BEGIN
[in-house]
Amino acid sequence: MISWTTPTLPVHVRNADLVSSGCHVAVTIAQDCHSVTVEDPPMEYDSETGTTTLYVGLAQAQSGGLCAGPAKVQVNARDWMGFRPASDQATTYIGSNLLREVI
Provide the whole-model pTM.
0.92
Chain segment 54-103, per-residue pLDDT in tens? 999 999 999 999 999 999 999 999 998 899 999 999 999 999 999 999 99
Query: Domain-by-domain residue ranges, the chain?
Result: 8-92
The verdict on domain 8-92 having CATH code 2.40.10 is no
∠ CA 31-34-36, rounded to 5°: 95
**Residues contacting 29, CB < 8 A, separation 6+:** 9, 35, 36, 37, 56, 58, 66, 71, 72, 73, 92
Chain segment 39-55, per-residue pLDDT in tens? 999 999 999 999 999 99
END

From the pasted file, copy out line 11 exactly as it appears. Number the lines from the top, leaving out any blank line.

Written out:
Chain segment 39-55, per-residue pLDDT in tens? 999 999 999 999 999 99